Yazan Halwani is a Lebanese artist and activist from Beirut, best known for his murals of famous national symbols, most notably a mural on Beirut's Hamra Street, which depicts the late famous Lebanese singer Sabah.
Recently, he moved from producing public murals to Fine Art, and today he holds his first exhibition “HOTEL BEIRUT, OR MUNDANE ENTROPY” at Agial Art Gallery, Hamra.
This work consists of three axes of narrative paintings that present the reality of the Lebanese people and immigration from his perspective.
To find out more about the concept of this work, we in Modern Arabesque have visited the exhibition and had a conversation with Yazan Halwani, where he pointed out that the exhibition is not only about immigration, but about our identity as Lebanese too!
We in Lebanon are living in a state of chaos, where some believe that it is wonderful for the Lebanese to be famous for: " wherever they go, they succeed! … they are multi langual”
However, in Yazan’s opinion, this fact is sad, because it contributes to the emigration of the Lebanese.
He explained to us the three axes that the exhibition revolves around:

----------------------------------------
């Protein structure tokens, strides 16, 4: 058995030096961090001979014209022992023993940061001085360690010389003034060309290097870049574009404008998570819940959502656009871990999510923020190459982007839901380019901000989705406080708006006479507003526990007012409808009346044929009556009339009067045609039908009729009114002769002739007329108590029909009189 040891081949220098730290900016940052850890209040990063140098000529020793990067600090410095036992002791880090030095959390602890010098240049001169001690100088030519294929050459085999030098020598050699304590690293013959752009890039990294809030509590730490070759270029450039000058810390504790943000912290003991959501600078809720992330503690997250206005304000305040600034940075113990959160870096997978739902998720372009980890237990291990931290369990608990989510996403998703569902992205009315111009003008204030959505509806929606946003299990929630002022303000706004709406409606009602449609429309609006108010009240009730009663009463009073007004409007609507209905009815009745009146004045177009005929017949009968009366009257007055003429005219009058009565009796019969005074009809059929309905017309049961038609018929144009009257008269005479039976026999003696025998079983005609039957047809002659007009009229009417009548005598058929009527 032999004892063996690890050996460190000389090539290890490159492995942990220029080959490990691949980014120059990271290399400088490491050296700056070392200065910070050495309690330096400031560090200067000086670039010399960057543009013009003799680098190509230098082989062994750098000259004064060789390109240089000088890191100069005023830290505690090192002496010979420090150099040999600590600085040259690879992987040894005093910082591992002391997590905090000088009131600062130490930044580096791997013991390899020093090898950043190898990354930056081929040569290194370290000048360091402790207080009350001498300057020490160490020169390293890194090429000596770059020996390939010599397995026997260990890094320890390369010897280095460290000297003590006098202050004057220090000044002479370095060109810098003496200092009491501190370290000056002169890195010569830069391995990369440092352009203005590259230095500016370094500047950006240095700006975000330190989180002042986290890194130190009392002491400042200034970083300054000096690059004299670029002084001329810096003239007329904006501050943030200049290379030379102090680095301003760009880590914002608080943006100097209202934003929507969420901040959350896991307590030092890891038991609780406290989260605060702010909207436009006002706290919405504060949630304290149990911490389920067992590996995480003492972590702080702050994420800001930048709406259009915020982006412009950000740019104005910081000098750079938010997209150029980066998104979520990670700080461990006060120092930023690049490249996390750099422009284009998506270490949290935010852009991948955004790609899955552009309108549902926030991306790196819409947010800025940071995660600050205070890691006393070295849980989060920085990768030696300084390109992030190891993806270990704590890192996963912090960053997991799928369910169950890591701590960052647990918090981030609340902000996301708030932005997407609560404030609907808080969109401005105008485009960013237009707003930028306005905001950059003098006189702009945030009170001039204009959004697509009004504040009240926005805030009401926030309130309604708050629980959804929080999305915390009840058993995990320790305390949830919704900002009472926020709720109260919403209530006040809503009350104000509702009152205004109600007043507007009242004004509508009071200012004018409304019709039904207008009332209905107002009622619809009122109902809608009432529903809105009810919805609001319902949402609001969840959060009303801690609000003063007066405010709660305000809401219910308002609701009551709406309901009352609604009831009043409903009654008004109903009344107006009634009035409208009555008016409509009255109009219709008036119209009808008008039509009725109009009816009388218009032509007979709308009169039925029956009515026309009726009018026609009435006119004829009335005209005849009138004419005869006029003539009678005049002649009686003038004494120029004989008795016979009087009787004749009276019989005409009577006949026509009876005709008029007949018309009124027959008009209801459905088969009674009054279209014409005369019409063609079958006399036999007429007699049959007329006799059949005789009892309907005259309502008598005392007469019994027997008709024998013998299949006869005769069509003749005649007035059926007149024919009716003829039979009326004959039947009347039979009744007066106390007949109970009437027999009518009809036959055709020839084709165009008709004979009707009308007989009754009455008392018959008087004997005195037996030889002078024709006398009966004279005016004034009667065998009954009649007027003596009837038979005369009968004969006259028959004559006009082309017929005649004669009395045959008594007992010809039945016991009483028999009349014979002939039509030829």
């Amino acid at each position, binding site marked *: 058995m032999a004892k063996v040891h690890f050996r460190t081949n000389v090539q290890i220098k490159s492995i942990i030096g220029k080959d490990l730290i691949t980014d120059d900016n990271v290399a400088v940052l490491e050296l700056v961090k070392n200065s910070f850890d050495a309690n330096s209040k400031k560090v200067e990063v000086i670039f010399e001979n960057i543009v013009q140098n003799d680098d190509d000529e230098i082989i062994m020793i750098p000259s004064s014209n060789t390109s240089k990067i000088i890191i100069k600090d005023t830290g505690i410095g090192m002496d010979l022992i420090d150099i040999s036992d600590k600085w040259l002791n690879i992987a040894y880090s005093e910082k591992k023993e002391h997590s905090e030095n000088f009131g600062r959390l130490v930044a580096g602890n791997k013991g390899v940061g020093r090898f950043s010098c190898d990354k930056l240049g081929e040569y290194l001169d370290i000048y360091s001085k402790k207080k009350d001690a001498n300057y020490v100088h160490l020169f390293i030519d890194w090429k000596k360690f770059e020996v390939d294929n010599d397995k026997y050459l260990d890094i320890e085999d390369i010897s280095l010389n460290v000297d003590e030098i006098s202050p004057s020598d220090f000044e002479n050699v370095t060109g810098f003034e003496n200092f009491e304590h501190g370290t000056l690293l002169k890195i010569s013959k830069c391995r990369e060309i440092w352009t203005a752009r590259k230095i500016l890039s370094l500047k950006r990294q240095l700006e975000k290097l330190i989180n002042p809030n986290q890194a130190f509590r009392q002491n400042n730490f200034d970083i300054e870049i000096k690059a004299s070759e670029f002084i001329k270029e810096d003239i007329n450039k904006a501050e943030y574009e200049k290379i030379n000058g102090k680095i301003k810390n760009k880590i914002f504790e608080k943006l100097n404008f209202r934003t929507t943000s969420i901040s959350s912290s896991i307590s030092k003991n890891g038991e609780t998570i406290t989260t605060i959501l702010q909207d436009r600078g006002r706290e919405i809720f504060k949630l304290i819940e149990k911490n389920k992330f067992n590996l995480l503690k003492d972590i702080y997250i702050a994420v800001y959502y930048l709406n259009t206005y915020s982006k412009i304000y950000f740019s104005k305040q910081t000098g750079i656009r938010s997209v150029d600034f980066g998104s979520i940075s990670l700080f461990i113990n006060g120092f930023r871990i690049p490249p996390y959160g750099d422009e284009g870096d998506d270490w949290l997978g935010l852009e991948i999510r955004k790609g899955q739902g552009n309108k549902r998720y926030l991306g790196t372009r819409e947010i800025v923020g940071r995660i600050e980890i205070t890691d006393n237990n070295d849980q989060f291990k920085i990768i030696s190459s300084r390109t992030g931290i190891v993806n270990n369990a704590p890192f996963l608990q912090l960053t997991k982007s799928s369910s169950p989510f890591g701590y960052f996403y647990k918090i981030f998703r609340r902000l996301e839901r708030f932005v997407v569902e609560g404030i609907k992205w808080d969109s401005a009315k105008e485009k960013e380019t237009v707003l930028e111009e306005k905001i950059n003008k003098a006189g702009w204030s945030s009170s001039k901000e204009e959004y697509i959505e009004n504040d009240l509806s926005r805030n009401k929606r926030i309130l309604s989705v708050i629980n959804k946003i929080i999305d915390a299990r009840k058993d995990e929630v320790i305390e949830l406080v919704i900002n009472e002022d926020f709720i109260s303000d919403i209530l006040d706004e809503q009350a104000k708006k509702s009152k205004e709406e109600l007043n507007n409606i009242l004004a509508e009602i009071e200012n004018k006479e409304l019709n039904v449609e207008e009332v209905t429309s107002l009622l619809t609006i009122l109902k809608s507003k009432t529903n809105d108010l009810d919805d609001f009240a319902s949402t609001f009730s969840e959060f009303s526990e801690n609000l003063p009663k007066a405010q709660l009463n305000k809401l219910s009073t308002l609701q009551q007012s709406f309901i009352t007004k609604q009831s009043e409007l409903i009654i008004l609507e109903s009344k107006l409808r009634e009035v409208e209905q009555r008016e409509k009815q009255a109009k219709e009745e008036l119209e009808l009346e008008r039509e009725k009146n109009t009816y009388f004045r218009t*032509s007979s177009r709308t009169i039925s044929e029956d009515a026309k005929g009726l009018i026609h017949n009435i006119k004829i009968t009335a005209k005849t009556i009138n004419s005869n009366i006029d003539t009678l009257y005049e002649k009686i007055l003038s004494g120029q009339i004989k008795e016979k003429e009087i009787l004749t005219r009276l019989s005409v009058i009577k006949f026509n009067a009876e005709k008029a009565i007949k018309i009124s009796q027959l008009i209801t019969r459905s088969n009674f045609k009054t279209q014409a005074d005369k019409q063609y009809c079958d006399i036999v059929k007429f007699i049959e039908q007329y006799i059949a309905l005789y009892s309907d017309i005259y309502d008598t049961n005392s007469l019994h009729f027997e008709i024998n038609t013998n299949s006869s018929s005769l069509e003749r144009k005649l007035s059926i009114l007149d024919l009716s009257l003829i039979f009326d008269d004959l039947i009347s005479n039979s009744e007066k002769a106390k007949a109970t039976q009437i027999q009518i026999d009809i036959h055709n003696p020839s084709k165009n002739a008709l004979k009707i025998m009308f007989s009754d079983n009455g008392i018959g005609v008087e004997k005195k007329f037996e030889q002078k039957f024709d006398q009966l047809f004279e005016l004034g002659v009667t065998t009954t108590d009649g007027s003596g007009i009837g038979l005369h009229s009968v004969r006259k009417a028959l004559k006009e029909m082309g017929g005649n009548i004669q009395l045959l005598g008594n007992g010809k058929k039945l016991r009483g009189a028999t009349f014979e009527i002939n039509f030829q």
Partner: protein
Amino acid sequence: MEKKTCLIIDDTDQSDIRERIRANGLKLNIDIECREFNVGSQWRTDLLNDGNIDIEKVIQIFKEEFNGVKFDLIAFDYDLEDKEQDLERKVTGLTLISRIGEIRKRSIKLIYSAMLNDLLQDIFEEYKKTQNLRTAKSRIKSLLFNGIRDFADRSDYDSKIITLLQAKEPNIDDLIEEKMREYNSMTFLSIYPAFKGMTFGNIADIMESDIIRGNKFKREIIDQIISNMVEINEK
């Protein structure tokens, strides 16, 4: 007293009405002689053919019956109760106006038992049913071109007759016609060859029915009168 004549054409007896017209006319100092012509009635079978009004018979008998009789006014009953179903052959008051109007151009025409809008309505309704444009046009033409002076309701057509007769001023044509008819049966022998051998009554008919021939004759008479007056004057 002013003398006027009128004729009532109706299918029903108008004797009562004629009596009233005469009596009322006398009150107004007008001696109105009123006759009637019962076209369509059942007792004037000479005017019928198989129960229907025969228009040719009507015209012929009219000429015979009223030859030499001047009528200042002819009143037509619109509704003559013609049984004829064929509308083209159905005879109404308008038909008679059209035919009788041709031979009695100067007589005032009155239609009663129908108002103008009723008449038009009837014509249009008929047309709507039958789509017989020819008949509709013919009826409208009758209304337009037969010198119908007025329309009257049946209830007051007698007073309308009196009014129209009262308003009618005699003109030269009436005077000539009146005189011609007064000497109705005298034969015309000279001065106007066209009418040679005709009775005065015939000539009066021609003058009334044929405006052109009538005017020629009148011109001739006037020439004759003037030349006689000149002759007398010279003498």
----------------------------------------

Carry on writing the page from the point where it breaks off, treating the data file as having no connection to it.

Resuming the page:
The first axis: "Maybe the moon is beautiful because it is far." It revolves around images of Beirut in various forms that migrants circulate from the window of the plane, which express our strange relationship with this country and our strong attachment to it, saying: “When you are in Beirut you want to be far away, but once you are away, you feel the yearning to return! "
The second axis: "Secondary income", travel is a sensitive and turbulent experience. Therefore, Yazan considers the airport to be one of the most emotional places in Lebanon. Here the Lebanese are crying, smiling, grieving and rejoicing, and the most important thing is that the airport brings them together from all religions under one roof, regardless of their affiliations, Disagreements
Here Yazan paints familiar scenes at the airport, bags stacked in the aisle, and the woman waiting to board a plane.
The third axis: "Entrance Barriers", which is a series of photographs that Yazan collected from his migrant friends, embodying their electrical outlets, which he considers as an embodiment of immigrant cases.
These images include the commodification of human labor that drives people across national borders in search of markets to which to sell their labor power to earn a livelihood. It is things like these sockets that organize our lives, as they are strange remnants of history and the political economy of the world that delineate spheres of influence to tell the story of the economic and political subordination of states based on the criteria they use.
He concluded this interview by saying, "If I had to summarize, the show revolves around chaos as an identity, but from multiple facets."
From Modern Arabesque team, we thank Yazan Halwani for this interview and we invite you also to visit the exhibition that runs until 15 of May 2021.